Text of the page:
Unions back govt’s extra R59bn funding for Eskom

FILE PHOTO: Steam rises at sunrise from the  Lethabo Power Station, a coal-fired power station owned by state power utility Eskom near Sasolburg, South Africa, March 2, 2016. Picture: REUTERS / Siphiwe Sibeko

FILE PHOTO: Steam rises at sunrise from the Lethabo Power Station, a coal-fired power station owned by state power utility Eskom near Sasolburg, South Africa, March 2, 2016. Picture: REUTERS / Siphiwe Sibeko

However, Cosatu and NUM say they are alarmed that to date no turnaround plan has been presented by government to save the power utility.

As an expert warns investors to be on the lookout due to increasing concerns over government and Eskom finances, the Congress of South African Trade Unions (Cosatu) and its mining sector affiliate, National Union of Mineworkers (NUM) are backing the government’s additional R59 billion funding to power utility Eskom.

The ANC-aligned labour federation and NUM argued their support was based on their belief that the intervention would prevent job losses at Eskom and save SA from being deprived of electricity.

But an expert said Eskom is the largest threat to the stability of the economy.

Michael Kruger, investment analyst at Morningstar Investment Management SA, said Eskom was not sustainable in its current form.

Kruger cited World Bank statistics showing a potential overstaffing of 66% of the approximately 49,000 workforce.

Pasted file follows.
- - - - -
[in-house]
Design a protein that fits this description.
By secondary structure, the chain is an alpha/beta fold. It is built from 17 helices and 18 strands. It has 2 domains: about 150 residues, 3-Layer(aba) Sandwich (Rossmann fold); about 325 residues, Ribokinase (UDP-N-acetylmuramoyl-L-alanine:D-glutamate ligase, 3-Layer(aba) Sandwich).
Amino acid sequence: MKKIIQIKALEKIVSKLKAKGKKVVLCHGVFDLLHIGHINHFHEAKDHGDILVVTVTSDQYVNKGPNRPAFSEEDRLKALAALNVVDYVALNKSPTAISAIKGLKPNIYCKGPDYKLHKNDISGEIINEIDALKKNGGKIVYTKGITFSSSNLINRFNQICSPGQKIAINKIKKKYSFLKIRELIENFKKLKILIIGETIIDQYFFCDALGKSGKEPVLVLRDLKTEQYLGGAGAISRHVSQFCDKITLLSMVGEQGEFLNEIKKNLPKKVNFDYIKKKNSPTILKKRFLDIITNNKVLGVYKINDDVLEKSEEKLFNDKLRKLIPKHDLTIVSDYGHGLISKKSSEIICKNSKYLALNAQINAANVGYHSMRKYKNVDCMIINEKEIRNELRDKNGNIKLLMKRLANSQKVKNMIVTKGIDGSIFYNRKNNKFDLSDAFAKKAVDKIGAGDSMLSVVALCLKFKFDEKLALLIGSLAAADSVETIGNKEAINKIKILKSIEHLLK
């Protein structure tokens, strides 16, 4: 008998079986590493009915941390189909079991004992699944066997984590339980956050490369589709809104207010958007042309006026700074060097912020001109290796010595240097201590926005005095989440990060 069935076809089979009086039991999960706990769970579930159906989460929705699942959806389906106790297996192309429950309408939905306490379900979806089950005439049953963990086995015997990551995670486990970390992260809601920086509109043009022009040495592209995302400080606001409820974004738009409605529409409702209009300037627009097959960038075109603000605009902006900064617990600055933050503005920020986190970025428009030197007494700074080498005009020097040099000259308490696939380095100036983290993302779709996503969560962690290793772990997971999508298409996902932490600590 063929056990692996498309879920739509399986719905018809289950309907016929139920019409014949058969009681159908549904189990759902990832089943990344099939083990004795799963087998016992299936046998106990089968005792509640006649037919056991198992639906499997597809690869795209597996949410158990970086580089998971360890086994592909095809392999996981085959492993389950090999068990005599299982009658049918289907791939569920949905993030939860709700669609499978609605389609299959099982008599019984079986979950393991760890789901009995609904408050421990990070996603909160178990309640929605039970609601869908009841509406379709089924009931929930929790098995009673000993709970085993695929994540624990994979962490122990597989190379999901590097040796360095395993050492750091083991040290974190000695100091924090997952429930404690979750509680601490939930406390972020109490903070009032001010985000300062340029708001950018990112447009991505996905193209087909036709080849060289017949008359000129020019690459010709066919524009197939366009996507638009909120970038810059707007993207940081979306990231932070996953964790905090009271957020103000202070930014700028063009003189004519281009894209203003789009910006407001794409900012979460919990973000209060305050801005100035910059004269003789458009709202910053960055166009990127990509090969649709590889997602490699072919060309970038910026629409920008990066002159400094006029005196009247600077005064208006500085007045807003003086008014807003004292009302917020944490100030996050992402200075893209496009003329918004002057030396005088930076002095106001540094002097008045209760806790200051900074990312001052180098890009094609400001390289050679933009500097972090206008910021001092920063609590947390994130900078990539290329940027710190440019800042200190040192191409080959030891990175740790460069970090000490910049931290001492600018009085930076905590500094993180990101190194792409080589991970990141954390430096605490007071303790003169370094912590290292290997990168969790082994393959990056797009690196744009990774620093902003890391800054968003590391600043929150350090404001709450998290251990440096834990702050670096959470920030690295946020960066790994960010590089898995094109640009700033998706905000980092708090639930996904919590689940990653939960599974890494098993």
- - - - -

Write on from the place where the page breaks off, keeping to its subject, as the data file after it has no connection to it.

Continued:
Both Cosatu and NUM said they strongly supported and welcomed the additional funding because it would ensure Eskom’s continued functioning for the 2019-20 financial year.

The two yesterday presented their submissions to parliament’s standing committee on appropriations on the Eskom Special Appropriation Bill.

Finance Minister Tito Mboweni allocated R59 billion over three years, of which R26 billion was for the 2019-20 financial year and R33 billion for the 2020-21 financial year, all aimed at keeping Eskom alive.

Earlier, the utility was allocated R69 billion over the next three years towards the restructuring into three entities for generation, distribution and transmission.

“Eskom is too big to fail. Not only are the jobs of about 40,000 workers employed at Eskom at risk, the fact that more than 90% of the nation’s electricity is generated by Eskom means the entire economy need Eskom to survive,” said Cosatu parliamentary coordinator, Matthew Parks.

Parks said their backing of the Eskom special appropriation was on condition that government honoured a promise that no workers would be retrenched at Eskom and the utility wouldn’t be privatised.

Although the government is keen on the unbundling of Eskom into three entities, the unions were of the view that this is privatisation in disguise.

But Parks maintained that Ramaphosa’s commitment to avoid retrenchments and privatisation contrasted Treasury’s economic strategy document released by Mboweni recently. His draft discussion paper recklessly called for Eskom’s de facto privatisation.

“The federation and NUM are alarmed that to date no turnaround plan has been presented by government to save Eskom.

“We are running out of time and bailouts are not enough and are not sustainable. A clear plan is needed as a matter of urgency,” Parks said.

The federation suggested that the plan should include a comprehensive forensic audits of all Eskom expenditure to get to the bottom of looting at the utility, the return to Eskom of all “stolen funds” and the arrests and prosecution of the culprits.

Kruger doubted whether Eskom could reduce its headcount given the 29% unemployment rate and the fact that job cuts were opposed by the labour unions.

ericn@citizen.co.za

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